A North St. Paul, Minnesota woman is facing second-degree assault charges after shooting and injuring her ex-boyfriend after he allegedly came into her home and tried to barge in to a bedroom where she had barricaded herself.
Here’s what we know so far:
Gloria Shalaya Phillips, 36, told police that about 10 p.m. June 21 her ex-boyfriend let himself into her apartment in the 2300 block of 11th Avenue, according to the complaint filed in Ramsey County District Court. He was not named in the complaint.
They had spent the day together and she had tried to break up with him, according to the complaint. She told police he got angry and threatened to kill her if she went to the police. She returned home to get away from him.
When he followed, she barricaded herself in her bedroom and told him twice to get out, and that if he tried to come into the bedroom, she would shoot him, the complaint said.
When he pushed on the door, she fired through it with a 9 mm handgun. She then called 911.
Now, maybe there’s physical evidence that shows Phillips isn’t telling the truth about what happened, but based on the initial reporting I’m wondering why the charging officers didn’t believe that Phillips may have been justified in firing that shot. Minnesota does have a Castle Doctrine law that states that you do not have a duty to retreat if you are threatened in your home, but according to Phillips’ account she did retreat, at least to a bedroom.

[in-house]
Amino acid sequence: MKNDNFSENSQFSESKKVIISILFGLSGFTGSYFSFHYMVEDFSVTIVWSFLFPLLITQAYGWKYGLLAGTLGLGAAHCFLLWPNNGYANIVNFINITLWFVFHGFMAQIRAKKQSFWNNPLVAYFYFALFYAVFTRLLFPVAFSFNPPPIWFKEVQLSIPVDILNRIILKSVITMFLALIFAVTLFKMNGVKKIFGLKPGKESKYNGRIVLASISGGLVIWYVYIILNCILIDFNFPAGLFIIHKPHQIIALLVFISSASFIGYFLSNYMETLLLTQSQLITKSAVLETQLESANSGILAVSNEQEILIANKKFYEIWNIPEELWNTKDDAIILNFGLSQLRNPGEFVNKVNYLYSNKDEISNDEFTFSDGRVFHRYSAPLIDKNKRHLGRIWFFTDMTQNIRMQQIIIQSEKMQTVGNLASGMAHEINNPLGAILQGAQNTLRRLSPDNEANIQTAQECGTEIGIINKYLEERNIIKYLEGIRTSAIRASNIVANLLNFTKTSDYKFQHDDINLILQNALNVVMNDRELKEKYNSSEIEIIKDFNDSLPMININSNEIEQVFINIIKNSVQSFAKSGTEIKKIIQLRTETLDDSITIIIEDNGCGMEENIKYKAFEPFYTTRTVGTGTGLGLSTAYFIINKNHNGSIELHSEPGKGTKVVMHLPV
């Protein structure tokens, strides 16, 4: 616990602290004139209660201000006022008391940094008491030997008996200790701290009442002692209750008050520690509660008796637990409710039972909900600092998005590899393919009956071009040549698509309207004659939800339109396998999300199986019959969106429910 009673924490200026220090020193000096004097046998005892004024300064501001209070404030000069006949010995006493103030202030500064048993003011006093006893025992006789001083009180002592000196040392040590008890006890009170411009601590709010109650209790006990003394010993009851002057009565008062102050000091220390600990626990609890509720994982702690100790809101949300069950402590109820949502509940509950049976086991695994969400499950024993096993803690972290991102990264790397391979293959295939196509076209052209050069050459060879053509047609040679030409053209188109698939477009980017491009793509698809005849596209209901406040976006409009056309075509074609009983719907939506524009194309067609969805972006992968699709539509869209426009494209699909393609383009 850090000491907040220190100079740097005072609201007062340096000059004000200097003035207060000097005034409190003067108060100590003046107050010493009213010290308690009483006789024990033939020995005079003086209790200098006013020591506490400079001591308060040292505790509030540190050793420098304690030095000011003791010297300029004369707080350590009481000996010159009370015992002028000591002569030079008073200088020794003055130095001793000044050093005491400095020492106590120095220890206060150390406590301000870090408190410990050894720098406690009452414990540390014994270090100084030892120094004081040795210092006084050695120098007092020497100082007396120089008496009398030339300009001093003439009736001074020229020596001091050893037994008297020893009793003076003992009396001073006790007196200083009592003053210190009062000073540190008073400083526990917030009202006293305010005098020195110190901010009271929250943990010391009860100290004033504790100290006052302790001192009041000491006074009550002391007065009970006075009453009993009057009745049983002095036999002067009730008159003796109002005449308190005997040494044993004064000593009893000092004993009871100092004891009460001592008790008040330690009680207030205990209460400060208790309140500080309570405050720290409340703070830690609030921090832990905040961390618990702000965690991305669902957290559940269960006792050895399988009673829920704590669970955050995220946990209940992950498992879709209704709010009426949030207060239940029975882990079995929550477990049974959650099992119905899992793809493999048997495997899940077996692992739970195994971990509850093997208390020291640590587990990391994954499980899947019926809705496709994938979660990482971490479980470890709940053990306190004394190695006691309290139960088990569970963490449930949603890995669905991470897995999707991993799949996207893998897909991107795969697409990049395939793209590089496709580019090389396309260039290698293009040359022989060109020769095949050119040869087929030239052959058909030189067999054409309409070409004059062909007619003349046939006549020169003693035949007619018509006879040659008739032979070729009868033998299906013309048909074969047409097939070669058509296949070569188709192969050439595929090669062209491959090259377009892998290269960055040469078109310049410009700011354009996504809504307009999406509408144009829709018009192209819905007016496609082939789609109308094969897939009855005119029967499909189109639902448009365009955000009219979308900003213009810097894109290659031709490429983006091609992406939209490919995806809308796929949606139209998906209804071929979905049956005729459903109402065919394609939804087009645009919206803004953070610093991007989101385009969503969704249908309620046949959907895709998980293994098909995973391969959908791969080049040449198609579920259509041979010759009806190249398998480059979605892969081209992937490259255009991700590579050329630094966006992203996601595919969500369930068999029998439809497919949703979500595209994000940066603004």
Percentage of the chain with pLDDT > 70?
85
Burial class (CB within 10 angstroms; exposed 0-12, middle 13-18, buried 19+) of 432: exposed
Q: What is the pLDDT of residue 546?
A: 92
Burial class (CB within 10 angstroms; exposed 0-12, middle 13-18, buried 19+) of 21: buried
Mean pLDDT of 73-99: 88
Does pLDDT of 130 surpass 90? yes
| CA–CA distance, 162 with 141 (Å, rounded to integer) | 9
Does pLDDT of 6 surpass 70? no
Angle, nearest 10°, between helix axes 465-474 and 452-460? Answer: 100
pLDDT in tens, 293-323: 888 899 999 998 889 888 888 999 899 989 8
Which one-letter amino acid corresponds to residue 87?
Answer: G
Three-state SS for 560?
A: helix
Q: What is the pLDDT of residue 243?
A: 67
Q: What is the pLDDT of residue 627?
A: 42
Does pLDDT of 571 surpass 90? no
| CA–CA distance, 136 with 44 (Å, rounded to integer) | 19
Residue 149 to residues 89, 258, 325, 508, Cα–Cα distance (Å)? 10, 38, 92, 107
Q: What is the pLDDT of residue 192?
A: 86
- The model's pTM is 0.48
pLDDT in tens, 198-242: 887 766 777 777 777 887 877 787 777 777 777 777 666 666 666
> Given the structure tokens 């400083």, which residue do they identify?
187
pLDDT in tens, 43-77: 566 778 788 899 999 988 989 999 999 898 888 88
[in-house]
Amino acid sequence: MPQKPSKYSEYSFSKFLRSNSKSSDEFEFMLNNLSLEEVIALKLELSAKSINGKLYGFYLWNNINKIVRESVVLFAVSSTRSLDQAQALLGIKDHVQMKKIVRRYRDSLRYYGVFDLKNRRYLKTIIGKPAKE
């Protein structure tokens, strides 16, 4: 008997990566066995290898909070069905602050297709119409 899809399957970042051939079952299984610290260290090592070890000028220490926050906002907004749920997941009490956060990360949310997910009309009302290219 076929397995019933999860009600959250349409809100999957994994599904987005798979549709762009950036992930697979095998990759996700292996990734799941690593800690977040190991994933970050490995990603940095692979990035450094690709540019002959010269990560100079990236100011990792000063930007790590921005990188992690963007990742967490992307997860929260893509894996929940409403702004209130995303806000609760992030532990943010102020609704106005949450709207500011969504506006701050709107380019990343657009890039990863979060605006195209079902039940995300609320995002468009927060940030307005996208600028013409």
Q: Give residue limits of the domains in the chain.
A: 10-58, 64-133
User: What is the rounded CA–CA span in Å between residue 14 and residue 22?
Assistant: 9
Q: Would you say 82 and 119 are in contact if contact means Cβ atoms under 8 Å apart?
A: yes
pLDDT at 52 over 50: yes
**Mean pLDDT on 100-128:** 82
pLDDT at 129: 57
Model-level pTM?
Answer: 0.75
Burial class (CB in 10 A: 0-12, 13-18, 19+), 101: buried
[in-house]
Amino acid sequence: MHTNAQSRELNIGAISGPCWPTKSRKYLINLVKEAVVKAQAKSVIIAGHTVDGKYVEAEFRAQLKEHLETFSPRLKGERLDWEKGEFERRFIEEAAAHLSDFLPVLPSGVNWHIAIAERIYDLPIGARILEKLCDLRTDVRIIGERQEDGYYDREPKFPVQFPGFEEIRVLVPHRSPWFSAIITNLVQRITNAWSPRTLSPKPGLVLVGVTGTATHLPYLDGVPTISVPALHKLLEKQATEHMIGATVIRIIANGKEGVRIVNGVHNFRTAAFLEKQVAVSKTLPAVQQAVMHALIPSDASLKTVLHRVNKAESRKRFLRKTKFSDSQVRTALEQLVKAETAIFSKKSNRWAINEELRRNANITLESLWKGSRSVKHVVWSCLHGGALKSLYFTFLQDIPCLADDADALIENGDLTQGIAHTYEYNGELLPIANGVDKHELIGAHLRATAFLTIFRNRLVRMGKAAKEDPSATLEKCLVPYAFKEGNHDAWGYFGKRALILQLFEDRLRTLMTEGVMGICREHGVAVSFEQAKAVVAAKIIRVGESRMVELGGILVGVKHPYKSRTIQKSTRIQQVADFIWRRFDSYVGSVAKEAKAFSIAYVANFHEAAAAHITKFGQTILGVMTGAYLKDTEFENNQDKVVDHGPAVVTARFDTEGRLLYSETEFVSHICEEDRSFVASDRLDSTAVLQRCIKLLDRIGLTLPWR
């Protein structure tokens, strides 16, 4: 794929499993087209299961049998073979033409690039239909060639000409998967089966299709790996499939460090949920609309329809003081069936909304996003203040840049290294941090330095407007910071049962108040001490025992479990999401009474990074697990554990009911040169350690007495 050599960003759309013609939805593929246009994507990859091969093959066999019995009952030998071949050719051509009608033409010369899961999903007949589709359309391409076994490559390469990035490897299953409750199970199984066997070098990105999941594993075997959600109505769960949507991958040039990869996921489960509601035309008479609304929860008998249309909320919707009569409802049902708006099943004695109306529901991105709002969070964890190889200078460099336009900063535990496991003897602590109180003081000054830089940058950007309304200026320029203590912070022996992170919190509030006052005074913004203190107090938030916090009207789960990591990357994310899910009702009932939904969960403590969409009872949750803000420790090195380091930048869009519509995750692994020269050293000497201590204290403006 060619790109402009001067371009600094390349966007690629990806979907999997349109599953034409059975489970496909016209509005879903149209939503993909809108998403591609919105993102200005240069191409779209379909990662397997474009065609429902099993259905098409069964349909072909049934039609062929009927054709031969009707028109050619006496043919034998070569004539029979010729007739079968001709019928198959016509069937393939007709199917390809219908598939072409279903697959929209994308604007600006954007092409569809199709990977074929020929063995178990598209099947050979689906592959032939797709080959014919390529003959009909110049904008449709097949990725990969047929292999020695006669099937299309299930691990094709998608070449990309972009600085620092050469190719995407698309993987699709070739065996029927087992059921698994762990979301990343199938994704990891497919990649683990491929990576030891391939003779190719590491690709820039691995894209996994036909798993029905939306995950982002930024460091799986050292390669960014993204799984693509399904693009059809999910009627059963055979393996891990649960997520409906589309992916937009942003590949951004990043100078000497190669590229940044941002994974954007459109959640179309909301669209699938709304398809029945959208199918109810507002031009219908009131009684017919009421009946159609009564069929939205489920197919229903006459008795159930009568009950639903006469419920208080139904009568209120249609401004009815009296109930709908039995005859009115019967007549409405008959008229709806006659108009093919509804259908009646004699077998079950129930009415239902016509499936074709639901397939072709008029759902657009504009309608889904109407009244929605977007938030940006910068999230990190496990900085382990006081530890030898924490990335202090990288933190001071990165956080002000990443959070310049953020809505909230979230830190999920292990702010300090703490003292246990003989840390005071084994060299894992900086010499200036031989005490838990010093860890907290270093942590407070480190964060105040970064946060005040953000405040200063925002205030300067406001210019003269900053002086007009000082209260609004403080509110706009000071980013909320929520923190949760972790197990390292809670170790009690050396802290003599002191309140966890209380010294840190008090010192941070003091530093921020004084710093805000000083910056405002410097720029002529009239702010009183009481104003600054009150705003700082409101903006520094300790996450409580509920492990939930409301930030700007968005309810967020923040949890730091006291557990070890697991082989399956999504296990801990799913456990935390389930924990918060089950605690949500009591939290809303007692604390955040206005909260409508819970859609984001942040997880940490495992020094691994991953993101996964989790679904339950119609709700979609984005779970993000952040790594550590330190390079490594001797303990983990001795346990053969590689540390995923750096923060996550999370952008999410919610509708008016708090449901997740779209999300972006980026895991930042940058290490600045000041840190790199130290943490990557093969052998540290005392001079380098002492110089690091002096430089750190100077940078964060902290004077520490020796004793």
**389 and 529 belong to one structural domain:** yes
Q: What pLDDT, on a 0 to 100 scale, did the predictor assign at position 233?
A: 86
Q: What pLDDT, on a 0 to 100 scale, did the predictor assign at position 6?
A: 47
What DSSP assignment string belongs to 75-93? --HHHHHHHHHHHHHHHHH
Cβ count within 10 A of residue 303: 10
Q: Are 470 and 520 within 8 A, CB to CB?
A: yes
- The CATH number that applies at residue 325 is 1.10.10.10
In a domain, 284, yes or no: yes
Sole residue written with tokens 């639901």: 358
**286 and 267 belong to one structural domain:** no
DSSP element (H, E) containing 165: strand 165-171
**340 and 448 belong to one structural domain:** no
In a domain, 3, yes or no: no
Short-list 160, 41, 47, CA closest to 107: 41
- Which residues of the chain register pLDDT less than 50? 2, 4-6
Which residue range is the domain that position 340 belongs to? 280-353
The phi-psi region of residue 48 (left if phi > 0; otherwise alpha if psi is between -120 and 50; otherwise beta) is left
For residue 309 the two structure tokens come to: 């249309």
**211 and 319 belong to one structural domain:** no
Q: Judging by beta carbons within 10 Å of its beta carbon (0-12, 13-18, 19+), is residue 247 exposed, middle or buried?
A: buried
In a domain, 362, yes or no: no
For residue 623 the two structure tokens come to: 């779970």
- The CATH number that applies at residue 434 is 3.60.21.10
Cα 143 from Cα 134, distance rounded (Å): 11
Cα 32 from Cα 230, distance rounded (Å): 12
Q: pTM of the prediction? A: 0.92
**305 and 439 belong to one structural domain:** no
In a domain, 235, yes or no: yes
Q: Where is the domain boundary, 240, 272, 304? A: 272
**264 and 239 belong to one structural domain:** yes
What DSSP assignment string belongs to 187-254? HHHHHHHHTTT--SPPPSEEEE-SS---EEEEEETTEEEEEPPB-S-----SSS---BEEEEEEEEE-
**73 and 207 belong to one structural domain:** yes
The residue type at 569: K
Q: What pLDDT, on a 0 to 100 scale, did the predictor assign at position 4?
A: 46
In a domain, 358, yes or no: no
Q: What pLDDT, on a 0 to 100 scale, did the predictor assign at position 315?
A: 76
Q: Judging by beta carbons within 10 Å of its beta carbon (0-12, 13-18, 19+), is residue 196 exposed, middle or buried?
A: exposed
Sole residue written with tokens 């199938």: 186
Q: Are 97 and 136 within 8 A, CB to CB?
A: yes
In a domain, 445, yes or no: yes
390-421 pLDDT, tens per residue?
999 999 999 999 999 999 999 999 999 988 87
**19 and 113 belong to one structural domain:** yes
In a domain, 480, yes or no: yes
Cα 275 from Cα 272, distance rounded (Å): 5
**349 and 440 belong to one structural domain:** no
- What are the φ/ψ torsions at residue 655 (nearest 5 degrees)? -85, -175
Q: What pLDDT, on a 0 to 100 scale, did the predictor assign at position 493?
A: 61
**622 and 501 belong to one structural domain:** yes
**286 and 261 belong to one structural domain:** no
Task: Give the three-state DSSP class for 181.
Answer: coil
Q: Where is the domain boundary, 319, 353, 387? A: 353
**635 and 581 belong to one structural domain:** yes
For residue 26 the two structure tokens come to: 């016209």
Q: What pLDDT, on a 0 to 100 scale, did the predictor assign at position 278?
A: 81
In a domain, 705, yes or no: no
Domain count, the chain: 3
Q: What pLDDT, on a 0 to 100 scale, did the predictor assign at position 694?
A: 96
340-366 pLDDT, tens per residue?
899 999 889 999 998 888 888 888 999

In the comments to a Facebook post from a group called St. Paul – MN Crime Watch & Information about Phillips’ arrest, individuals describing themselves as family and friends of both Phillips and the man she shot traded barbs about the pair, with one person alleging that Phillips had previously shot at her ex and another posting a screenshot of an alleged domestic violence arrest by the ex back in 2018.
Given the many questions that remain, it’s impossible to have an informed opinion about whether Phillips’ arrest was warranted or unjustified. I’m keeping an open mind until more facts come out, but I’m also well aware of the fact that there have been recent stories involving women who shot their alleged abusers who ended up facing serious charges only to have them dismissed at a later date.
Phillips is due back in court next month, and perhaps prosecutors will explain why they believe that Phillips committed a crime and wasn’t acting in self-defense when she shot her ex in her home. I’ve looked in vain to find an online copy of the complaint filed in Ramsay District Court, but have only found a number of petty misdemeanors (all of them traffic-related offenses) in Phillips’ background.
This is an odd and unfortunate story, but we’ll keep our eyes peeled for any further details that might provide some clarity on the case and the charges Phillips is facing.